The following article is published in the #RGNNMadrid Magazine: Vol. III, Summer 2017, produced during ROOSTERGNN Academy’s Travel Journalism & Photography Internship Seminar in Madrid, Spain, under the editorial direction of RGNN Expert and Mentor Natalia Martín Cantero. Follow #RGNNMadrid for all of our Madrid coverage.

The storefront of La Fiambrera glows with neon lights | Lela Jenkins

Most millennials aren’t spending their free time in art galleries. When traveling, many choose exploring nightlife and going shopping over stuffy or expensive art venues. However, in the hip neighborhood of Madrid’s Malasaña, one art gallery is breaking that old stereotype: La Fiambrera. Frequented by teens and adults alike, the gallery fits in with the youthful vibe surrounding its streets, at the same time reflecting the history of the city and the culture that surrounds it.

Immediately upon entering La Fiambrera, it seems the neon lights and colors of nightlife have been brought in from the streets and painted on its walls. Luminescent decorations, trinkets like dolls, books and postcards and of course the art itself fills every available space. The people visiting seem as vibrant as the space itself—they are young, thriving and as taken aback with the gallery as myself.

Shopkeeper Ruth Lopez Diéguez explains the meaning behind the metaphor in La Fiambrera’s name, which means “The Lunchbox” in English | Lela Jenkins

“Our art gallery is a container in which to find food for the heart.” Employee Ruth Lopez Diéguez




One of—if not the most—eccentric aspects of La Fiambrera is the name itself. “‘Fiambrera’ in English means ‘lunchbox’. The word really relates the gallery and the local patisserie and delicatessen store which it formerly housed,” said Lopez Diéguez, explaining the meaning behind the metaphor. “Our art gallery is a container in which to find food for the heart.”

One of many neon signs decorates the inside of La Fiambrera | Lela Jenkins

“This place is like a jewel box of a gallery.” Laura Martín, artist from Valencia

Laura Martín, a young artist from Valencia who enjoys poetry and music, also thinks that the gallery is like a special container for art. “This place is like a jewel box of a gallery,” said Martín. “Especially for young people like me, interested in art with a more modern feel. I find each piece inspires and pops in its own unique way I can’t help but love the bright colors many of these artists chose to incorporate.”

The gallery is filled with intriguing teens and young adults similar to Martín, some artists and some not familiar with art at all, but all attracted to the pop of culture the gallery has to offer. Its current exhibition Madrid-Barcelona, which features more than 40 multimedia works, addresses the ever-relevant reality of Spain’s two most popular tourist hotspots. With two artists featured, one from Barcelona (illustrator Sonia Pulido), and the other from Madrid (illustrator Roberto Maján), the exhibition immediately gives rise to a compare and contrast of the two cities, of their highs and of their lows.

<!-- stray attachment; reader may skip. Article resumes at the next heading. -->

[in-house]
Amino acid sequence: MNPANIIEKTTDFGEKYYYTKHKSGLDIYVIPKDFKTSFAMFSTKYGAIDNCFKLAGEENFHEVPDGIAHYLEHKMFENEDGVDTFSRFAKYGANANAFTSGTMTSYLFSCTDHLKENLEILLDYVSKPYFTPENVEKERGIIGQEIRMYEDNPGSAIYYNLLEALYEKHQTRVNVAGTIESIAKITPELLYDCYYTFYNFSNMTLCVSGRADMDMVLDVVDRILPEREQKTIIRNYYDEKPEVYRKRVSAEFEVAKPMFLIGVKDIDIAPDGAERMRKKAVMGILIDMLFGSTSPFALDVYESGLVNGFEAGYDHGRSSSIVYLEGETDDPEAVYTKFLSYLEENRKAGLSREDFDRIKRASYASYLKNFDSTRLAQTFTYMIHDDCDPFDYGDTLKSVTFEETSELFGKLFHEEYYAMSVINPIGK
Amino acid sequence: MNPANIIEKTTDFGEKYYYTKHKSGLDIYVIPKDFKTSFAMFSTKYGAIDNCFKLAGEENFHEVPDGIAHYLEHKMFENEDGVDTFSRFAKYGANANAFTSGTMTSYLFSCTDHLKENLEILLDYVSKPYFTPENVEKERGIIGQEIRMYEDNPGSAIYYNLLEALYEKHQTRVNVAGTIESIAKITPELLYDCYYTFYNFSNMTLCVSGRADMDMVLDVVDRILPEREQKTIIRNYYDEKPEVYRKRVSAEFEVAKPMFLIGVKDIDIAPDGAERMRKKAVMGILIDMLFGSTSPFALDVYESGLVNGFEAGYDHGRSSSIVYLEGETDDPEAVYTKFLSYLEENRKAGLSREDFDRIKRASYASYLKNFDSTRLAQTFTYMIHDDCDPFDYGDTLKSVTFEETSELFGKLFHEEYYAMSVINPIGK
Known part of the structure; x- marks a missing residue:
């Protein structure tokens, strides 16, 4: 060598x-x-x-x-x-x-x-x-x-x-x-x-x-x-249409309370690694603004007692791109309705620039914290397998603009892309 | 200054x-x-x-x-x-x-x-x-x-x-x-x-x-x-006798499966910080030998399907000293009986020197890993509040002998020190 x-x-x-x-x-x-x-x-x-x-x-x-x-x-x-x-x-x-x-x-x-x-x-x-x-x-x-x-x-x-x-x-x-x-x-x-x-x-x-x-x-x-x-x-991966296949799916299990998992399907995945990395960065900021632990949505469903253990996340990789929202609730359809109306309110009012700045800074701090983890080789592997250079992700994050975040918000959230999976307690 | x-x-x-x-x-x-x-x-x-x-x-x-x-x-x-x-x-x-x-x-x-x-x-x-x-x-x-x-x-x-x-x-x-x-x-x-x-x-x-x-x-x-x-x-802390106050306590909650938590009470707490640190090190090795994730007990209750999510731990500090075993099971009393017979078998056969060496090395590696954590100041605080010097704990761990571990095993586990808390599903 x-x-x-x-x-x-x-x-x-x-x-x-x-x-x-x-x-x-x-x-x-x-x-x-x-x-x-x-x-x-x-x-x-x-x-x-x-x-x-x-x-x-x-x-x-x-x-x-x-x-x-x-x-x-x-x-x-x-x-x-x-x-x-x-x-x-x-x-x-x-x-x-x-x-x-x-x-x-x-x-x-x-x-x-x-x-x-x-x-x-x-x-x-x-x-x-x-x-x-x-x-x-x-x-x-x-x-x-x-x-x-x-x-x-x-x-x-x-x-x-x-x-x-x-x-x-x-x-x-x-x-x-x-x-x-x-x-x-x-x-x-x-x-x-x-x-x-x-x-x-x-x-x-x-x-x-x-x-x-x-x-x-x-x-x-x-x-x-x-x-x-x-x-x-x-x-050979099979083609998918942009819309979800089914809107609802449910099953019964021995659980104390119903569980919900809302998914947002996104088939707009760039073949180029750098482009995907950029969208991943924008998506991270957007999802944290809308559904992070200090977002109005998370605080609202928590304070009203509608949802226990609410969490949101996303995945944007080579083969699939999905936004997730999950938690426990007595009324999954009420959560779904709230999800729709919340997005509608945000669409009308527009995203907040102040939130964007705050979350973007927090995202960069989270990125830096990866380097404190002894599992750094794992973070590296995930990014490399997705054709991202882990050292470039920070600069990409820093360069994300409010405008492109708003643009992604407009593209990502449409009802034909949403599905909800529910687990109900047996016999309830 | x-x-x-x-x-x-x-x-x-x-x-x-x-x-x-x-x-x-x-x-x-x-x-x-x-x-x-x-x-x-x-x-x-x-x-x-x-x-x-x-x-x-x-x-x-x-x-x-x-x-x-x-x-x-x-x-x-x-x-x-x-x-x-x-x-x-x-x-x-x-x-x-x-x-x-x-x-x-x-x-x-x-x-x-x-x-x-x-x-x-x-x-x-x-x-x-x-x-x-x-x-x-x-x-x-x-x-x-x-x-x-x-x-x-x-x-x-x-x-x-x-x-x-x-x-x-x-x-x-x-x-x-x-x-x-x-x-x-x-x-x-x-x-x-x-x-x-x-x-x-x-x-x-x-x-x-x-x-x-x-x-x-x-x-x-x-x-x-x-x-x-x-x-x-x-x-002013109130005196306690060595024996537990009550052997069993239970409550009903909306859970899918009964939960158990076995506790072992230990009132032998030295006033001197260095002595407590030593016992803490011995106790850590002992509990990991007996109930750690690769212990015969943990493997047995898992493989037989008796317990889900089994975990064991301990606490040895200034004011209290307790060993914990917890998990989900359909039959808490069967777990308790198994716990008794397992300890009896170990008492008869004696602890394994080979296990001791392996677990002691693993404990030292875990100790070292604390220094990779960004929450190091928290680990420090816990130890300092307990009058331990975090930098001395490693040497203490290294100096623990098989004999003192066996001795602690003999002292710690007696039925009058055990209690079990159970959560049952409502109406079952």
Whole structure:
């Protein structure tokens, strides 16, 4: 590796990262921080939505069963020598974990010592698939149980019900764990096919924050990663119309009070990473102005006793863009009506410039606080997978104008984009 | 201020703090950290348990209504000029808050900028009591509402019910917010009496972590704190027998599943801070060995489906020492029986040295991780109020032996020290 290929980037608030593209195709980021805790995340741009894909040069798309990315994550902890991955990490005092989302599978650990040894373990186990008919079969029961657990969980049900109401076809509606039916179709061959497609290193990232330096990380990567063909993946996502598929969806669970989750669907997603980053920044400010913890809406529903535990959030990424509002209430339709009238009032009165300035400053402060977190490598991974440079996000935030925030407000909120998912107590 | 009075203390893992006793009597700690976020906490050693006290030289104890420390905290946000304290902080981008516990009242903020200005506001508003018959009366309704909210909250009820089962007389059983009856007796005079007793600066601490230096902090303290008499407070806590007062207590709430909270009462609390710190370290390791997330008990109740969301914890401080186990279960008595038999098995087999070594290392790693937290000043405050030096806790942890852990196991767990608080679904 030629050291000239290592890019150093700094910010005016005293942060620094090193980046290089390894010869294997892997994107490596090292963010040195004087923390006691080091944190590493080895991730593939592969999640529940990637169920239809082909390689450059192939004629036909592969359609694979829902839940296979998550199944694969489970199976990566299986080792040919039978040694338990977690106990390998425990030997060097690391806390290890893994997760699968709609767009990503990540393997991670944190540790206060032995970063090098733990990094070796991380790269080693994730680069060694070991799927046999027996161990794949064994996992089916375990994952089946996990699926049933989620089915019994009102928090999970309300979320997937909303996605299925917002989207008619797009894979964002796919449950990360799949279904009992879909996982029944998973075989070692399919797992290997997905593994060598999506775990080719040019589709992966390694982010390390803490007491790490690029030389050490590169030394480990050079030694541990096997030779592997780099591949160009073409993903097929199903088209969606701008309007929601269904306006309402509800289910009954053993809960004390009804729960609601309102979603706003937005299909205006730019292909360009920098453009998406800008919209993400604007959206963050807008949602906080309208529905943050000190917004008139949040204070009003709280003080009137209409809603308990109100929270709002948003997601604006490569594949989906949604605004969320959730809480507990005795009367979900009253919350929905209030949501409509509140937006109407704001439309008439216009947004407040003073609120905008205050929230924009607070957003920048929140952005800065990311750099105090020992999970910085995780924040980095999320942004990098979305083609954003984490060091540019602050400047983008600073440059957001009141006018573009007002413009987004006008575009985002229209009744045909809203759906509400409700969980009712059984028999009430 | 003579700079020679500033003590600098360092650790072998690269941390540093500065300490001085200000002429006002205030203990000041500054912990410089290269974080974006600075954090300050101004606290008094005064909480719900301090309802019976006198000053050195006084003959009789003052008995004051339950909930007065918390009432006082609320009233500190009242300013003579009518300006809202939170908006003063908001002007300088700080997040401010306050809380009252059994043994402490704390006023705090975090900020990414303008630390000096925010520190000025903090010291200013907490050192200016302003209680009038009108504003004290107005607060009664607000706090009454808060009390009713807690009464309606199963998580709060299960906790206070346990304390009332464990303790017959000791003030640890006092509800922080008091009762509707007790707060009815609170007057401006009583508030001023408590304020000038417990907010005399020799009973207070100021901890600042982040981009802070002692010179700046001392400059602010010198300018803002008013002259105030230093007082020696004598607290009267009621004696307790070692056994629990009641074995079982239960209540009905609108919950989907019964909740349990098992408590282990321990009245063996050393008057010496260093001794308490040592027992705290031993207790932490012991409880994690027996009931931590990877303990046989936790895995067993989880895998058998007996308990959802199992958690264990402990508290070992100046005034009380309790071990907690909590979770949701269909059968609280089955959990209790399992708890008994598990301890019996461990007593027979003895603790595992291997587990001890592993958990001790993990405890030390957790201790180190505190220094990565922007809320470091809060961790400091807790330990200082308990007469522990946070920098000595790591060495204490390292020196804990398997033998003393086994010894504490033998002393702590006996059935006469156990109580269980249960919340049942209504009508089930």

La Fiambrera’s current exhibition Madrid-Barcelona, which features over 40 works by barcelonina Sonia Pulido and madrileño Roberto Maján | Lela Jenkin

“[The exhibition] is a critic made with humor and affection.” Employee Ruth Lopez Diéguez

“The exhibition is the personal vision that every artist has of the city in which he lives,” said shopkeeper Ruth Lopez Diéguez, who runs the gallery almost daily. “It is a critic made with humor and affection.”

While the exhibition does work to dissipate what is seen by some as a serious rivalry between cities, it also strongly expresses what each artist personally sees as uniquely characterizing their hometowns, from culture lost to tourism in Barcelona to LGBTQ+ pride in Madrid.

“In both works are reflected events and icons typical of Spanish culture and each of the cities, but passed through the filter of each artist,” said Lopez Diéguez. “Both are cosmopolitan cities in which modern things coexist with the oldest traditions. They are different in their physiognomy, but equal in their functioning and their problems.”

Malasaña by Roberto Maján at the Madrid-Barcelona exhibit in La Fiambrera Art Gallery | Lela Jenkins

Beyond the exhibition, the gallery features a plethora of artists which even continues in its cool basement gallery. The work downstairs ranges from graffiti-esque to pop culture inspired. One collection of prints was even created by Derek Yaniger, who has worked with popular media such as Marvel Comics and Cartoon Network.

“The artists we work with we have been looking for a long time because we are interested in our gallery showing the current work of creators linked to popular culture, urban culture, pop art, lowbrow [underground art] and more,” said Lopez Diéguez.


Mad Cat Combo by Derek Yanige | Courtesy of La Fiambrera Art Gallery

The investment that Lopez Diéguez, all of La Fiambrera and all of its artists put into creating an exhibition that tells a story is reflected and reciprocated in the people it draws. Young people from all over, the next generation of artists, can relate to these historical and cultural stories these artists have expressed because ultimately they are inspired to tell their own. They only have to open the “lunchbox” of art, La Fiambrera, to inspire their heart and be inspired to express it.



La Fiambrera Art GalleryCalle del Pez 7, 28004 Madrid; 917 04 60 30 ; Mon thru Fri 11:30AM –  2:30PM & 4 – 9PM, Sat & Sun 11AM – 9PM; General Admission FREE; @lafiambrera.